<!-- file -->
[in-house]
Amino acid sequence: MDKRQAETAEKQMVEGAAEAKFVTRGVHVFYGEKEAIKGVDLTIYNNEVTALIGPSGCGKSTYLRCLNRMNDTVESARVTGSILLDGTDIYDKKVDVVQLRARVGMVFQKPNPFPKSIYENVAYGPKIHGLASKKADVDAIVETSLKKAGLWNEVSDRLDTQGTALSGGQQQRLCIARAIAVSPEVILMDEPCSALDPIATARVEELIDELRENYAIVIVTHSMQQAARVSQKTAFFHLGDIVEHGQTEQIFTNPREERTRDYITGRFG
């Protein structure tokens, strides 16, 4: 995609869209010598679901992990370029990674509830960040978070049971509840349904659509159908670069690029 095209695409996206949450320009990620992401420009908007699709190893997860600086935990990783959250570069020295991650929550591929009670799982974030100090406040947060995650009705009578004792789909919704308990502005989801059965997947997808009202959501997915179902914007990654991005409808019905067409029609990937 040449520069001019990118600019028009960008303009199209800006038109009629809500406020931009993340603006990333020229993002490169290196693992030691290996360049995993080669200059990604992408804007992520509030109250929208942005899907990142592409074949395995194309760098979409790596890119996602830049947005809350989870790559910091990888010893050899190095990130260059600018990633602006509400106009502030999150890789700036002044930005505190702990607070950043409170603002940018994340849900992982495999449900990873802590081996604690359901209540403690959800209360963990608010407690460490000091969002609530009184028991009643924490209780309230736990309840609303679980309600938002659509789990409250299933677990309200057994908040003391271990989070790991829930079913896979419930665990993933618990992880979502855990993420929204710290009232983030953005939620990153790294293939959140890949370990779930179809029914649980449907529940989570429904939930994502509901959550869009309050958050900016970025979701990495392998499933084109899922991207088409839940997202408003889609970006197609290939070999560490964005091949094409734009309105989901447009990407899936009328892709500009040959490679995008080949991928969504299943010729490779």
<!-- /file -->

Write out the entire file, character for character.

[in-house]
Amino acid sequence: MDKRQAETAEKQMVEGAAEAKFVTRGVHVFYGEKEAIKGVDLTIYNNEVTALIGPSGCGKSTYLRCLNRMNDTVESARVTGSILLDGTDIYDKKVDVVQLRARVGMVFQKPNPFPKSIYENVAYGPKIHGLASKKADVDAIVETSLKKAGLWNEVSDRLDTQGTALSGGQQQRLCIARAIAVSPEVILMDEPCSALDPIATARVEELIDELRENYAIVIVTHSMQQAARVSQKTAFFHLGDIVEHGQTEQIFTNPREERTRDYITGRFG
């Protein structure tokens, strides 16, 4: 995609869209010598679901992990370029990674509830960040978070049971509840349904659509159908670069690029 095209695409996206949450320009990620992401420009908007699709190893997860600086935990990783959250570069020295991650929550591929009670799982974030100090406040947060995650009705009578004792789909919704308990502005989801059965997947997808009202959501997915179902914007990654991005409808019905067409029609990937 040449520069001019990118600019028009960008303009199209800006038109009629809500406020931009993340603006990333020229993002490169290196693992030691290996360049995993080669200059990604992408804007992520509030109250929208942005899907990142592409074949395995194309760098979409790596890119996602830049947005809350989870790559910091990888010893050899190095990130260059600018990633602006509400106009502030999150890789700036002044930005505190702990607070950043409170603002940018994340849900992982495999449900990873802590081996604690359901209540403690959800209360963990608010407690460490000091969002609530009184028991009643924490209780309230736990309840609303679980309600938002659509789990409250299933677990309200057994908040003391271990989070790991829930079913896979419930665990993933618990992880979502855990993420929204710290009232983030953005939620990153790294293939959140890949370990779930179809029914649980449907529940989570429904939930994502509901959550869009309050958050900016970025979701990495392998499933084109899922991207088409839940997202408003889609970006197609290939070999560490964005091949094409734009309105989901447009990407899936009328892709500009040959490679995008080949991928969504299943010729490779």